Owner of puppy killed by suspected American XL bullies calls for Northern Ireland ban

You may find the details in this report distressing.

The owner of a puppy that was mauled to death by two suspected American XL Bully dogs has called for a ban of the breed in Northern Ireland.

Bruno, a one-year-old Shih Tzu, was attacked as he was taken on a daily walk through Lurgan on a Friday afternoon (29 September).

Despite being rushed to a local vet, he died from shock and hypothermia a short time after the incident.

The XL Bully has made headlines recently following a spate of attacks. A man in the West Midlands died after suffering serious injuries.

Bruno's owner Sarah McKerr gave an exclusive broadcast interview to UTV, recalling the traumatic experience in the hope it will protect other dogs and their owners from suffering the same fate.

"He was my purpose for getting up in the morning, he just brought so much joy, so much love," she said.

"Everybody that seen [sic] him stopped us and they just wanted to pet him.

"I've videos of him even going round the lakes. He would've thrown his arms around other dogs, he loved other dogs."

Sarah was walking her usual route with Bruno when she spotted the two large dogs from a distance. She knew immediately that they had spotted Bruno.

"I think I froze at the time," she said.

"They started running towards me and Bruno and I picked him up and raised him as high as I could and they were jumping up.

"They grabbed him out of my arms and just dragged him... I just felt so helpless. They were two massive dogs. They bit me on my hand and they pushed me to the ground.

"They just dragged him away and just mauled him in front of me. I felt powerless, I couldn't do anything."

Last month, Prime Minister Rishi Sunak announced that there will be ban put on the breed in England by the end of the year.

The ban will fall under the Dangerous Dogs Act 1991. The Act does not apply to Northern Ireland.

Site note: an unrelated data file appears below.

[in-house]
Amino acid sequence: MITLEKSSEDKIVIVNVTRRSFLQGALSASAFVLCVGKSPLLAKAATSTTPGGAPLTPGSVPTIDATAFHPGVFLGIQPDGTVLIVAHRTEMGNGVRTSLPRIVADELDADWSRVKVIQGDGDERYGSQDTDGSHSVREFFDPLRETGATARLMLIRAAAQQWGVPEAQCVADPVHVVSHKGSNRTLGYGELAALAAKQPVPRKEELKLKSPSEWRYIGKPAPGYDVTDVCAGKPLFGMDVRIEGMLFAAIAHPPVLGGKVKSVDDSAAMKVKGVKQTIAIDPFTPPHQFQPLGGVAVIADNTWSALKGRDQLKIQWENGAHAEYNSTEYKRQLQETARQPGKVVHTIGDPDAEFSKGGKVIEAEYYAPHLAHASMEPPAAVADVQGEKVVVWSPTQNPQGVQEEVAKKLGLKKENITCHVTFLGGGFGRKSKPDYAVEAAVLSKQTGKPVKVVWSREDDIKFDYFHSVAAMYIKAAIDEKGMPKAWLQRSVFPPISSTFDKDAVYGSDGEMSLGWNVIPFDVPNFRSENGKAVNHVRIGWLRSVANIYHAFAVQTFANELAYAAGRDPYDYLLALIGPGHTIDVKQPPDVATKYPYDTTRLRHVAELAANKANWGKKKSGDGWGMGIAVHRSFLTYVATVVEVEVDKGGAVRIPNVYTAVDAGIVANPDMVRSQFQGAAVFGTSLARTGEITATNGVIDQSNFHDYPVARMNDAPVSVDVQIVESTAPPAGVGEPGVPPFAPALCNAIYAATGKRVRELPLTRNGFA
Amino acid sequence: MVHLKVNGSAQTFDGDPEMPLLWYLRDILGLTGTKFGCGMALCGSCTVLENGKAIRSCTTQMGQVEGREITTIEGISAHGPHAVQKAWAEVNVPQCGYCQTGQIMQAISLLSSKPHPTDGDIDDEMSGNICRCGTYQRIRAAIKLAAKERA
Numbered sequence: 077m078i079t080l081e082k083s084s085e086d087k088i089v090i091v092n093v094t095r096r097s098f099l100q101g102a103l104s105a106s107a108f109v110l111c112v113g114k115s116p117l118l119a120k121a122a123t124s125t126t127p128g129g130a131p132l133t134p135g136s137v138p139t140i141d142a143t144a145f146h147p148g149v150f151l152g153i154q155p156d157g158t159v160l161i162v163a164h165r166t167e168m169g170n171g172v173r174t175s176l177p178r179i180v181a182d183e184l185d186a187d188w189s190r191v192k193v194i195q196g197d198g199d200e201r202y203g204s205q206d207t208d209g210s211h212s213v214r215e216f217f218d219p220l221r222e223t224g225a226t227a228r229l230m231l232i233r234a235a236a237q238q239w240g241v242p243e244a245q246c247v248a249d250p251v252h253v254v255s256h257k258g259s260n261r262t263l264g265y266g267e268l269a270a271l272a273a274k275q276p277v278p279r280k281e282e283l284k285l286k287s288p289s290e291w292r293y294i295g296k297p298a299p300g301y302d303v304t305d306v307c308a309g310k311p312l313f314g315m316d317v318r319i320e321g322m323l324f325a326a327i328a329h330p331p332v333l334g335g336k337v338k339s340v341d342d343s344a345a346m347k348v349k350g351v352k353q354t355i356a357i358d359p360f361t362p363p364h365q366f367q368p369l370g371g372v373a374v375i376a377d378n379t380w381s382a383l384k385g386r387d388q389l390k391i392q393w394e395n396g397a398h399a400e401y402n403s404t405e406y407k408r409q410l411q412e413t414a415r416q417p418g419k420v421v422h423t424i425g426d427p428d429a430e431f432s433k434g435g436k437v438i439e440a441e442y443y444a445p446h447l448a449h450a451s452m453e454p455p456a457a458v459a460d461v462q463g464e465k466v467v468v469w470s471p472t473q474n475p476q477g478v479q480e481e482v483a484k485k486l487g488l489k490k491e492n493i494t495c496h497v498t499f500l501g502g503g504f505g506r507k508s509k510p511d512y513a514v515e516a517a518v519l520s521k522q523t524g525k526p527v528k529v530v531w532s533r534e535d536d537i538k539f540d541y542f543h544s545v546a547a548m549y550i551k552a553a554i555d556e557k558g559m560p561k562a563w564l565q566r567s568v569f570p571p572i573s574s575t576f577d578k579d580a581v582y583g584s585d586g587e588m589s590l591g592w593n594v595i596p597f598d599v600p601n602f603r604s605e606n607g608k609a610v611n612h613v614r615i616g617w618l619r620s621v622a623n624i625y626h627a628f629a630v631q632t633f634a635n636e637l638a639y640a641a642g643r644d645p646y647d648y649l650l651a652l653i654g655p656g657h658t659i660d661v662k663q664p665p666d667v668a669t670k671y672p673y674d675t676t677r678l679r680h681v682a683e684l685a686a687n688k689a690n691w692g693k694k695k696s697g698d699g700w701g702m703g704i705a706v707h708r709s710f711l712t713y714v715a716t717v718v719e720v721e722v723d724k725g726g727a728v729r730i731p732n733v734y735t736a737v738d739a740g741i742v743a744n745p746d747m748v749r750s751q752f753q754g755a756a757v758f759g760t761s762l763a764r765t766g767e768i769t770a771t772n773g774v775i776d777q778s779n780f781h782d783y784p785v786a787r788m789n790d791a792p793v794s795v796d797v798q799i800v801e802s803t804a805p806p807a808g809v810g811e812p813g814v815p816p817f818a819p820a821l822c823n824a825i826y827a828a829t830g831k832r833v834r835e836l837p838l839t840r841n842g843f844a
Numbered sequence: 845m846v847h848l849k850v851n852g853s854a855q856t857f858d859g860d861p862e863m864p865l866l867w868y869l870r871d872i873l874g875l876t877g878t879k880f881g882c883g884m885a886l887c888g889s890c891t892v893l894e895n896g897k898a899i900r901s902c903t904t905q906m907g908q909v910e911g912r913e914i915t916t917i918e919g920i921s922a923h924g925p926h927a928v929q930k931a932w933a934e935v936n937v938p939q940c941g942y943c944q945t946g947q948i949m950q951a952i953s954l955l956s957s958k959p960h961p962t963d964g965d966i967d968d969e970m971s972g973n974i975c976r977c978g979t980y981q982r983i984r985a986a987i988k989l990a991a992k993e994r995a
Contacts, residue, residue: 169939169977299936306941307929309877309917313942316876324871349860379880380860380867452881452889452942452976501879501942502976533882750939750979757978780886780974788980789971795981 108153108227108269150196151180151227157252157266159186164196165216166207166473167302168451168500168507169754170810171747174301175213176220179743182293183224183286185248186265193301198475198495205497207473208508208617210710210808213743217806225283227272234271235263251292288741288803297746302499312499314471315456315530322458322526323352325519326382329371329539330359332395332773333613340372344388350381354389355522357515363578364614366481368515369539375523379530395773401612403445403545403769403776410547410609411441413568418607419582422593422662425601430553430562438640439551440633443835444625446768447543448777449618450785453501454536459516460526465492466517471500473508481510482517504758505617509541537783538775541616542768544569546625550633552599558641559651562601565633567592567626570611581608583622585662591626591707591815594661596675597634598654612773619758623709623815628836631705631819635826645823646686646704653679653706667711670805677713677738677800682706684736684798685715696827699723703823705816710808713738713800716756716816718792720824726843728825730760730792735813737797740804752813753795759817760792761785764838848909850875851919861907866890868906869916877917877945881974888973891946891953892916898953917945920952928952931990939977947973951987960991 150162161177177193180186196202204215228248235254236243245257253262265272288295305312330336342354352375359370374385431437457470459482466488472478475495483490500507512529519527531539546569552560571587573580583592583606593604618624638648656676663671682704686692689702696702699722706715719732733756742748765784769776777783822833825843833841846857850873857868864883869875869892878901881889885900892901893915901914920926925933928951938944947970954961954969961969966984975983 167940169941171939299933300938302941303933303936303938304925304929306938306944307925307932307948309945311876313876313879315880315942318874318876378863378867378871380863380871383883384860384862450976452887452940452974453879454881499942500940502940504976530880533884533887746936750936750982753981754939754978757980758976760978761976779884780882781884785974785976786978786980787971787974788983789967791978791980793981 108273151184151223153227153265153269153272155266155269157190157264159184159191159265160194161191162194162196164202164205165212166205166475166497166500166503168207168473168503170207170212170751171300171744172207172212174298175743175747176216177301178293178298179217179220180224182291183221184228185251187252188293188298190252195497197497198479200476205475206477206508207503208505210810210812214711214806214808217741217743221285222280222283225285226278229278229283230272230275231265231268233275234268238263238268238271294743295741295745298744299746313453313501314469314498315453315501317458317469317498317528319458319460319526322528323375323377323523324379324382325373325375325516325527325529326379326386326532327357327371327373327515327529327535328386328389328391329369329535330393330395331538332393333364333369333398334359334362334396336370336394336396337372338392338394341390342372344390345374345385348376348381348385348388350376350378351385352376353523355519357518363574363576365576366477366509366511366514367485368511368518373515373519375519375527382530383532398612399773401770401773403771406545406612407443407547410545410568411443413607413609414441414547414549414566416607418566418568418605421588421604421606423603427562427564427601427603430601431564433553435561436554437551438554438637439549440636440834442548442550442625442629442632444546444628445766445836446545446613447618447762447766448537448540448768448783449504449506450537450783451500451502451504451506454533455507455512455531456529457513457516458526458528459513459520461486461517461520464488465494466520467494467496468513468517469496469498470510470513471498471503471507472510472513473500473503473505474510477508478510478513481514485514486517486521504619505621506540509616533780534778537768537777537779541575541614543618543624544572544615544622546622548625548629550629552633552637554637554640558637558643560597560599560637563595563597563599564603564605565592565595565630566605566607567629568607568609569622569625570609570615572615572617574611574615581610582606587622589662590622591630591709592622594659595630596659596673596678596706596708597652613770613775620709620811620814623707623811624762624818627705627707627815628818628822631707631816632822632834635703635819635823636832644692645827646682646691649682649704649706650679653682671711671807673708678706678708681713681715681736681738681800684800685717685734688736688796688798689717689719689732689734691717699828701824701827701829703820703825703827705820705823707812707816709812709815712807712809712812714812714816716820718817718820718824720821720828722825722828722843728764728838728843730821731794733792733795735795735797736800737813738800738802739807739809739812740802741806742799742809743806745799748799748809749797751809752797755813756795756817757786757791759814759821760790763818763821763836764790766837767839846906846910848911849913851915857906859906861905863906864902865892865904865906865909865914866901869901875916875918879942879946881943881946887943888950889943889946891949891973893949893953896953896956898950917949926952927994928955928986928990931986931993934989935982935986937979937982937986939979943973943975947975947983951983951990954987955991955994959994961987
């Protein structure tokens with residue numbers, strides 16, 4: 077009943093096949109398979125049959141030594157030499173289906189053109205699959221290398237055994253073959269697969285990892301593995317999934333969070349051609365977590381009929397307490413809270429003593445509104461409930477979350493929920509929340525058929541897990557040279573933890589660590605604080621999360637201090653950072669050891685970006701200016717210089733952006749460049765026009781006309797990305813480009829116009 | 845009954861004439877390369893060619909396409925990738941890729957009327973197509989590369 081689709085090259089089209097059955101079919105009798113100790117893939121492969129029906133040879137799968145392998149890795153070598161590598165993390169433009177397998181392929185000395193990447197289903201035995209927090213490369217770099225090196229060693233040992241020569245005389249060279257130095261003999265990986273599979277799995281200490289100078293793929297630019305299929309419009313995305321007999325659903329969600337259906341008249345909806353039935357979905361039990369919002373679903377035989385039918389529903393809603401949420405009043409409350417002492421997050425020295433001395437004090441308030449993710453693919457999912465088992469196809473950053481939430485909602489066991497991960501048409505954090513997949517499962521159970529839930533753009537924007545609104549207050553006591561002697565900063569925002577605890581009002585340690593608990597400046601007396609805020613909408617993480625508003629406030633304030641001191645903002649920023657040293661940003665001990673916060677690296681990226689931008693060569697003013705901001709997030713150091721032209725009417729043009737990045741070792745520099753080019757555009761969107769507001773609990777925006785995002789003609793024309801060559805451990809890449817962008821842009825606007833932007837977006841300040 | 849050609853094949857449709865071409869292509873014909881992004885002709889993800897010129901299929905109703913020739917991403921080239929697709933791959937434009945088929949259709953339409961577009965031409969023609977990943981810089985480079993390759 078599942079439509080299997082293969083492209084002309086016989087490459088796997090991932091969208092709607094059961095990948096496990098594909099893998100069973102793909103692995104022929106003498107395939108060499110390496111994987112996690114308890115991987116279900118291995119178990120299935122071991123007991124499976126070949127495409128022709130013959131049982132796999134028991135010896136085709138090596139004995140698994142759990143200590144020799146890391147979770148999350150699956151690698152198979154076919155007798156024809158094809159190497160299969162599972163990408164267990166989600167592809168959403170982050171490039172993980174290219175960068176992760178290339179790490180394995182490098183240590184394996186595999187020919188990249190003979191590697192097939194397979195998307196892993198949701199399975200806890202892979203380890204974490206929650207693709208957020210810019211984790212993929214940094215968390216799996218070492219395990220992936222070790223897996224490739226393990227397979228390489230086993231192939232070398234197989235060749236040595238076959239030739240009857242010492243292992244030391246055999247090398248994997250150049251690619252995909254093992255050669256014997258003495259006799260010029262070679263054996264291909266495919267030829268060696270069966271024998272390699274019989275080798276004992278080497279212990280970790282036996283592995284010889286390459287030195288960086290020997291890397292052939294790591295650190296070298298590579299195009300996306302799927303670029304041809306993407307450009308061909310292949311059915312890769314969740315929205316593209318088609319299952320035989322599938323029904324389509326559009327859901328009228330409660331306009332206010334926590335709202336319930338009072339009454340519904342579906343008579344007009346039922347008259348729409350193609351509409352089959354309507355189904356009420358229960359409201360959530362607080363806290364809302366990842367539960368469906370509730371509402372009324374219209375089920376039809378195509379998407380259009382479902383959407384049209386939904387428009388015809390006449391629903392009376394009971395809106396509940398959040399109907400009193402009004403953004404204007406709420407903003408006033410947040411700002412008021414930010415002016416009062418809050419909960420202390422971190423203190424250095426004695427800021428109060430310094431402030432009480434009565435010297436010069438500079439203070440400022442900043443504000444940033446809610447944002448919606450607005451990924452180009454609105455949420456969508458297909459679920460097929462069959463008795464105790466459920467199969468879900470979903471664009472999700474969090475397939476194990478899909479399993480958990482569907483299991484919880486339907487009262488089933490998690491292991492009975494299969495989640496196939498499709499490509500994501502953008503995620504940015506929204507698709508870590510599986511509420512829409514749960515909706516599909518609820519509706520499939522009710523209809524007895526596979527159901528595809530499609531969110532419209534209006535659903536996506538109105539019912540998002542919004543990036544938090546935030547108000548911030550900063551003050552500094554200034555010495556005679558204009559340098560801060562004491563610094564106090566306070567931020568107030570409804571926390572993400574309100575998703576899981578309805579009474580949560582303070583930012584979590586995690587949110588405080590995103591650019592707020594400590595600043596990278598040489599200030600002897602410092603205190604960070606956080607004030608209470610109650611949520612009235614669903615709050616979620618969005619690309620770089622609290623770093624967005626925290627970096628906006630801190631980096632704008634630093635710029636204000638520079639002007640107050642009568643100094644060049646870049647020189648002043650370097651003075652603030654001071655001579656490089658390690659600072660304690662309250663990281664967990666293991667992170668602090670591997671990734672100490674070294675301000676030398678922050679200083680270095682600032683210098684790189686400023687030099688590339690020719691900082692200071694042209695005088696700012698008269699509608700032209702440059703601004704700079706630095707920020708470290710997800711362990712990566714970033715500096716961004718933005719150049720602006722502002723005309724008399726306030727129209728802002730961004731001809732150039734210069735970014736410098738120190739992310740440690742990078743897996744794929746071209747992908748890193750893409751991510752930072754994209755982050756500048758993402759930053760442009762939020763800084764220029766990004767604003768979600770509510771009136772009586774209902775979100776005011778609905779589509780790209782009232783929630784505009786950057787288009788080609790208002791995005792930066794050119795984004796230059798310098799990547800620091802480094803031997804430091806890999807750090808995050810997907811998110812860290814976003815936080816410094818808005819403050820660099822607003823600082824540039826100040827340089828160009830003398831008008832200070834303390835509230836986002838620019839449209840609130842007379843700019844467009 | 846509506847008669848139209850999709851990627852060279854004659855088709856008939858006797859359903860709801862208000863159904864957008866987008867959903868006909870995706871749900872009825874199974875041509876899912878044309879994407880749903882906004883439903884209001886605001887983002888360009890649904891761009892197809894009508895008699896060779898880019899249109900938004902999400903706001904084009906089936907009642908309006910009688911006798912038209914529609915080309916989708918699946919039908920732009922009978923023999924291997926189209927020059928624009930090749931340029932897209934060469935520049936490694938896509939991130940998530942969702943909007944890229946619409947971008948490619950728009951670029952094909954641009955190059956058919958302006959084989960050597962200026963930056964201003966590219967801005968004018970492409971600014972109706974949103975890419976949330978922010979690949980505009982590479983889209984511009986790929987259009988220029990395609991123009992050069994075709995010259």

It will be up to other devolved UK countries to decide whether to follow suit.

Wales' Rural Affairs Minister Lesley Griffiths welcomed the announcement. Scottish ministers are yet to decide whether they will follow suit.

With no ban expected in Northern Ireland in the near future, it has left Sarah fearing that another attack could happen.

"It scares me, the fact that school children were walking home. That could have been a child, unfortunately it was my baby, but it could've been a child.

"I'm lucky I've only got away with this [bite]. It could've been a lot worse."

Critics of the clampdown on the bully breed however, say blame should be put on dog owners and not the animals.

One leading animal charity here wants to see better enforcement and an update to Northern Ireland's own laws.

"It does come down to responsible ownership," the USPCA's Siobhan McHaffie told UTV.

"The last ban that was put in place more than 30 years ago hasn't worked. Dog attacks have increased since then.

"It's hard to define the breed of dog as well, so you can't just point at a dog and say that's a banned dog and that isn't."

The Prime Minister has said experts are looking at how to define the American XL Bully dog before the ban is introduced in England.

Armagh Banbridge and Craigavon Borough Council says its dog warden is investigating the attack on Bruno and that there are increased patrols in the Lurgan area.

For now, Sarah can take comfort in the happier memories of a puppy who in a short space of time brought so much joy.

Want a quick and expert briefing on the biggest news stories? Listen to our latest podcasts to find out What You Need To Know.